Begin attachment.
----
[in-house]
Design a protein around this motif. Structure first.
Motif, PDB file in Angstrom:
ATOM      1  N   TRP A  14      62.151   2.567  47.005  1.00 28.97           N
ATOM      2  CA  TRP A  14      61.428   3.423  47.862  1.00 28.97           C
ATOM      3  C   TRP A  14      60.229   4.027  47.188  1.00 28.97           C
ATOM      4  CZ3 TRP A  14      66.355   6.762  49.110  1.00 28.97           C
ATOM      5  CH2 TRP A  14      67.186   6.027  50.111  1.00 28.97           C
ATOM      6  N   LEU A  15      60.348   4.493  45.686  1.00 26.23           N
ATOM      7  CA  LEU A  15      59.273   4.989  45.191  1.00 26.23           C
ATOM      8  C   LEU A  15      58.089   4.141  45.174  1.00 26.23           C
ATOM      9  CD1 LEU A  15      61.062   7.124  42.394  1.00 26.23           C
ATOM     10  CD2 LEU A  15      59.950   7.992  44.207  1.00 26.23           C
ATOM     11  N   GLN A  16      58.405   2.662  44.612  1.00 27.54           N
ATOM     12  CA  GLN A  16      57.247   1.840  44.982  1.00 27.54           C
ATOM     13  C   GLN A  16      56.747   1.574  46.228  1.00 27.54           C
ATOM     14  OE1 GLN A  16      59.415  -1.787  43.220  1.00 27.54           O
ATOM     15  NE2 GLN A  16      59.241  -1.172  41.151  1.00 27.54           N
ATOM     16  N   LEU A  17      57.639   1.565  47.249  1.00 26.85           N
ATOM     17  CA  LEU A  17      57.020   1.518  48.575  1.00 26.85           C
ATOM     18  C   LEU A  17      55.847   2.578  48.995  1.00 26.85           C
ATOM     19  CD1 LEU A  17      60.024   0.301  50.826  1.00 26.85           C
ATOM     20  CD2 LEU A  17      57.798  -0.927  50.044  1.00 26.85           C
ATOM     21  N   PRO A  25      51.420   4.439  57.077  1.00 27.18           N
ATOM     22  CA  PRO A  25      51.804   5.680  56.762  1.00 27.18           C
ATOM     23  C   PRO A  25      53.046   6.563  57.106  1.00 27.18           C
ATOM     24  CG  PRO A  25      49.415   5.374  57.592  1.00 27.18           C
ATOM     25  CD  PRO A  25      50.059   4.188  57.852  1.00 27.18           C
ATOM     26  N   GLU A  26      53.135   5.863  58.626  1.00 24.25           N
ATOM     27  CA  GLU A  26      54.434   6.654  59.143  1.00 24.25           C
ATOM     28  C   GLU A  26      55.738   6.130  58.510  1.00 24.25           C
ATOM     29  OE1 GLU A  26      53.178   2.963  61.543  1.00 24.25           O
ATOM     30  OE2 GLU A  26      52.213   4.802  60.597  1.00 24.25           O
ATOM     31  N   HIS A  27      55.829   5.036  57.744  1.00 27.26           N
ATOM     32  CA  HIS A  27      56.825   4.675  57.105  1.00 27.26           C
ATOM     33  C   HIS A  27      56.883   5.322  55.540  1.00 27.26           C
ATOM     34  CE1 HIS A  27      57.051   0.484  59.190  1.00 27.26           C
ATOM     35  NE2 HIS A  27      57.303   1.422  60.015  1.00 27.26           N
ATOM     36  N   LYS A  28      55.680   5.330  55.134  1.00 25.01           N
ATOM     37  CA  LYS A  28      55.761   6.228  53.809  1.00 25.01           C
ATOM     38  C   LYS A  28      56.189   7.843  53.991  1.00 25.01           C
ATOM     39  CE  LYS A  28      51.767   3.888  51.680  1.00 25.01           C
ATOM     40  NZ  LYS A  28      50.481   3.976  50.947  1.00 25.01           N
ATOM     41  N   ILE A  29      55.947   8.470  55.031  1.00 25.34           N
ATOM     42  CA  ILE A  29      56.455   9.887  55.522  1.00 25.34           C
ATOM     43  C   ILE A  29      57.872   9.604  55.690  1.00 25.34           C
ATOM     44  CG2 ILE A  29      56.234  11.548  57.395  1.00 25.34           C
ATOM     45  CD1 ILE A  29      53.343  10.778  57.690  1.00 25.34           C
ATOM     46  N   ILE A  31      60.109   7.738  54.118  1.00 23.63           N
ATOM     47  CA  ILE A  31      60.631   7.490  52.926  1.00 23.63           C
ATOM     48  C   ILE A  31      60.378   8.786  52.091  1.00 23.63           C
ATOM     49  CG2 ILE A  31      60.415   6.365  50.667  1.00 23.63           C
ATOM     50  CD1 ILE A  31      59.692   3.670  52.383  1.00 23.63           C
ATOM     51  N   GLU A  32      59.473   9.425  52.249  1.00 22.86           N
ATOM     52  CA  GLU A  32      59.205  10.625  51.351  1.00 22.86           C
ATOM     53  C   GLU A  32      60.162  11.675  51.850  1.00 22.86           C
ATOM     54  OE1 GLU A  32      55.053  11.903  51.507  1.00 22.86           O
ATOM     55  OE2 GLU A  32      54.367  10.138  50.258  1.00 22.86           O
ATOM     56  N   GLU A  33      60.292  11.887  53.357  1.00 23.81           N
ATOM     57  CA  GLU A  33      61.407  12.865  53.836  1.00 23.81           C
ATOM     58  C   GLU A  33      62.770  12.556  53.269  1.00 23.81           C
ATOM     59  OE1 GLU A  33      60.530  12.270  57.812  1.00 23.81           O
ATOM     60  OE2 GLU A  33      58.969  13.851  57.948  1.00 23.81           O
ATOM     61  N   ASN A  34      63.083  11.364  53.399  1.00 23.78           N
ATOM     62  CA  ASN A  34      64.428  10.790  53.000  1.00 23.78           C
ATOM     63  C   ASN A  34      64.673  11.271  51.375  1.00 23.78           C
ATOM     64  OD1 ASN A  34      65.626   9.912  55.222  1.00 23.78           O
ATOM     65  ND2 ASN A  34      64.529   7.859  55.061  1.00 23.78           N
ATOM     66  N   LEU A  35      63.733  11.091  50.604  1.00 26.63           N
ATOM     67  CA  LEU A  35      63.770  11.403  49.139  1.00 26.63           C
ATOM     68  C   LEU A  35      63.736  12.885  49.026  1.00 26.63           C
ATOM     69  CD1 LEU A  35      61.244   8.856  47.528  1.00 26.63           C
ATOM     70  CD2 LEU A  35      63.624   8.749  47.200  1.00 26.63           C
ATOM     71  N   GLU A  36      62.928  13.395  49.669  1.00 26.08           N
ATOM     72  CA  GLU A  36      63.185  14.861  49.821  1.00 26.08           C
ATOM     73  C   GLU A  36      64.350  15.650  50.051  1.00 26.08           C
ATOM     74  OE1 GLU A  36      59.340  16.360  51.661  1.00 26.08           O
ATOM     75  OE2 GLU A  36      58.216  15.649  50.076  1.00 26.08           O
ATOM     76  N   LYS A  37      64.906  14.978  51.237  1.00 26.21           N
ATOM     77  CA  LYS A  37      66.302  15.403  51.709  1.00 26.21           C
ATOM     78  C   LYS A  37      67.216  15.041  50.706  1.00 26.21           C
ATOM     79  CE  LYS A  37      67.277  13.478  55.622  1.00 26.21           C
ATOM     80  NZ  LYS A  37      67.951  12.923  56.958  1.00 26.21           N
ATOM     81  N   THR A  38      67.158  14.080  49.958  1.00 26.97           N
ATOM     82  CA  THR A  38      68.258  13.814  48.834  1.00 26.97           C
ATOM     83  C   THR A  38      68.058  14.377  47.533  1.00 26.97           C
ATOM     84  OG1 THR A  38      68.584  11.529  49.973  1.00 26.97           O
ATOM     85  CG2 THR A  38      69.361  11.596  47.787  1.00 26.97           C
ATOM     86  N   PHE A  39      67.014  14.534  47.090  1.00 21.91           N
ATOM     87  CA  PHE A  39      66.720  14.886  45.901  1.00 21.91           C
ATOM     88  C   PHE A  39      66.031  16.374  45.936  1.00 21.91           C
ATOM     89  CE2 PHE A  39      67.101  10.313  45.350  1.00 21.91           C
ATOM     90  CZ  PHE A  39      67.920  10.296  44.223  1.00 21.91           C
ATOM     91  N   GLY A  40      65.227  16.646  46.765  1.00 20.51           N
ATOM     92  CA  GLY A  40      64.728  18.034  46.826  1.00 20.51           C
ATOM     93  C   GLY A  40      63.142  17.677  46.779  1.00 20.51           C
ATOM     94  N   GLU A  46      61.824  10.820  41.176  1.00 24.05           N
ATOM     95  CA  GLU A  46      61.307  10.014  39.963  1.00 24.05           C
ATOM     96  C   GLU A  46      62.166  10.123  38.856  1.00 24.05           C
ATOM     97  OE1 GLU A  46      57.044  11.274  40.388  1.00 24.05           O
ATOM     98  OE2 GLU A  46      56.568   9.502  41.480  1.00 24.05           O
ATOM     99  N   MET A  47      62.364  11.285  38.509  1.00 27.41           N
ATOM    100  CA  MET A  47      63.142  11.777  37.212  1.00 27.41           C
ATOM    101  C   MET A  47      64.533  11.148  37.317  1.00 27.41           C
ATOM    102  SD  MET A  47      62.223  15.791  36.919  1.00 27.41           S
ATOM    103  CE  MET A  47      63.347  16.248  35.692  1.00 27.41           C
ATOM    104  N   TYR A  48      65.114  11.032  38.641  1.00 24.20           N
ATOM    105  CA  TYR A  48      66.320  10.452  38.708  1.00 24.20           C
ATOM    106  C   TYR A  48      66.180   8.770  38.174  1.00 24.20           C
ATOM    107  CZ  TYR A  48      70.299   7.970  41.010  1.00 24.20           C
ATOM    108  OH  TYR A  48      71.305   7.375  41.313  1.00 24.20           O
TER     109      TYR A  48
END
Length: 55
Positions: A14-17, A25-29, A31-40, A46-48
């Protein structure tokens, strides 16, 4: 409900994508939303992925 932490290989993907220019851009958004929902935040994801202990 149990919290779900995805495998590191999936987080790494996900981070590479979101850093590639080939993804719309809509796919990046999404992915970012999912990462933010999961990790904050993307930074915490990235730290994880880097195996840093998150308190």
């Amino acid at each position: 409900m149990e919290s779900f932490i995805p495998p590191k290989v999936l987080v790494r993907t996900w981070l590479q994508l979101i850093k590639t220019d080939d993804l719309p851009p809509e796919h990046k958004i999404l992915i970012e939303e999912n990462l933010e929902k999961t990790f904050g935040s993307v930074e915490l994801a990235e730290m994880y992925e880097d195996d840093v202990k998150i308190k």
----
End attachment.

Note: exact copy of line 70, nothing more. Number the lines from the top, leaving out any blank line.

ATOM     67  CA  LEU A  35      63.770  11.403  49.139  1.00 26.63           C